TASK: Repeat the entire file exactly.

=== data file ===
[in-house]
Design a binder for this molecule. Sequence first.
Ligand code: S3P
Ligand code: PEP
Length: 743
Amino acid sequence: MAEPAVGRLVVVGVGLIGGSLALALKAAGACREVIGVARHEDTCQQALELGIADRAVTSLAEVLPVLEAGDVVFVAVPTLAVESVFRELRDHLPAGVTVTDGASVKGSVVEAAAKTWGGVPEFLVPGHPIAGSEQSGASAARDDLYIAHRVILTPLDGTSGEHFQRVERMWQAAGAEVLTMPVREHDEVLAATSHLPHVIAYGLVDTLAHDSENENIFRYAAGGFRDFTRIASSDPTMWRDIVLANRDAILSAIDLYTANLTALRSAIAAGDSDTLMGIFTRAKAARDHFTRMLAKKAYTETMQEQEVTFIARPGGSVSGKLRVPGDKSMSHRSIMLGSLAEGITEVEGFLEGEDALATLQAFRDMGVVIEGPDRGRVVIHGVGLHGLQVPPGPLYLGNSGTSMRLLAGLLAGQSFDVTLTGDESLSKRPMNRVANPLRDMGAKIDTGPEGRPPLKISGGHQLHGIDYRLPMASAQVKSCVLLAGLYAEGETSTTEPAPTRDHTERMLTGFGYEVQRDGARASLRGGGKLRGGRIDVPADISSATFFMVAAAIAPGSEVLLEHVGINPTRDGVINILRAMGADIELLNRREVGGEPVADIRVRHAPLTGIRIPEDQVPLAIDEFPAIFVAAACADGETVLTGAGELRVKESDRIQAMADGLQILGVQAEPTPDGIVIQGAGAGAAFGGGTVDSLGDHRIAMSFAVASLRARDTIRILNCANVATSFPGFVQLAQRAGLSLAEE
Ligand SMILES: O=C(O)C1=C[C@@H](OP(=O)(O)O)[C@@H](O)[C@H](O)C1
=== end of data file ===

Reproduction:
[in-house]
Design a binder for this molecule. Sequence first.
Ligand code: S3P
Ligand code: PEP
Length: 743
Amino acid sequence: MAEPAVGRLVVVGVGLIGGSLALALKAAGACREVIGVARHEDTCQQALELGIADRAVTSLAEVLPVLEAGDVVFVAVPTLAVESVFRELRDHLPAGVTVTDGASVKGSVVEAAAKTWGGVPEFLVPGHPIAGSEQSGASAARDDLYIAHRVILTPLDGTSGEHFQRVERMWQAAGAEVLTMPVREHDEVLAATSHLPHVIAYGLVDTLAHDSENENIFRYAAGGFRDFTRIASSDPTMWRDIVLANRDAILSAIDLYTANLTALRSAIAAGDSDTLMGIFTRAKAARDHFTRMLAKKAYTETMQEQEVTFIARPGGSVSGKLRVPGDKSMSHRSIMLGSLAEGITEVEGFLEGEDALATLQAFRDMGVVIEGPDRGRVVIHGVGLHGLQVPPGPLYLGNSGTSMRLLAGLLAGQSFDVTLTGDESLSKRPMNRVANPLRDMGAKIDTGPEGRPPLKISGGHQLHGIDYRLPMASAQVKSCVLLAGLYAEGETSTTEPAPTRDHTERMLTGFGYEVQRDGARASLRGGGKLRGGRIDVPADISSATFFMVAAAIAPGSEVLLEHVGINPTRDGVINILRAMGADIELLNRREVGGEPVADIRVRHAPLTGIRIPEDQVPLAIDEFPAIFVAAACADGETVLTGAGELRVKESDRIQAMADGLQILGVQAEPTPDGIVIQGAGAGAAFGGGTVDSLGDHRIAMSFAVASLRARDTIRILNCANVATSFPGFVQLAQRAGLSLAEE
Ligand SMILES: O=C(O)C1=C[C@@H](OP(=O)(O)O)[C@@H](O)[C@H](O)C1